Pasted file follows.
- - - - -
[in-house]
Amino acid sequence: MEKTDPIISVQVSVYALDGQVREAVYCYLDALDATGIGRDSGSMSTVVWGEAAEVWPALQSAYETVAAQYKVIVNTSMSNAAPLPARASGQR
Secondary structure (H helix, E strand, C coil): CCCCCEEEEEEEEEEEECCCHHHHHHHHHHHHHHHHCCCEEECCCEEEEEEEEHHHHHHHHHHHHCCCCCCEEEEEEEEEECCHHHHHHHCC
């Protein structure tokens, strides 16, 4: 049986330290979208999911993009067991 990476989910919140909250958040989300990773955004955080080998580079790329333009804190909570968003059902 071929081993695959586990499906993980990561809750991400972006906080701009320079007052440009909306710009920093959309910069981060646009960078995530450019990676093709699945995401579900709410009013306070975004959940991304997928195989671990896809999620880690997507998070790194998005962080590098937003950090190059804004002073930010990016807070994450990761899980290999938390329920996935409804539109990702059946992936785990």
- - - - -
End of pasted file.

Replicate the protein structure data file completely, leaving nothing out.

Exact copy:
[in-house]
Amino acid sequence: MEKTDPIISVQVSVYALDGQVREAVYCYLDALDATGIGRDSGSMSTVVWGEAAEVWPALQSAYETVAAQYKVIVNTSMSNAAPLPARASGQR
Secondary structure (H helix, E strand, C coil): CCCCCEEEEEEEEEEEECCCHHHHHHHHHHHHHHHHCCCEEECCCEEEEEEEEHHHHHHHHHHHHCCCCCCEEEEEEEEEECCHHHHHHHCC
């Protein structure tokens, strides 16, 4: 049986330290979208999911993009067991 990476989910919140909250958040989300990773955004955080080998580079790329333009804190909570968003059902 071929081993695959586990499906993980990561809750991400972006906080701009320079007052440009909306710009920093959309910069981060646009960078995530450019990676093709699945995401579900709410009013306070975004959940991304997928195989671990896809999620880690997507998070790194998005962080590098937003950090190059804004002073930010990016807070994450990761899980290999938390329920996935409804539109990702059946992936785990």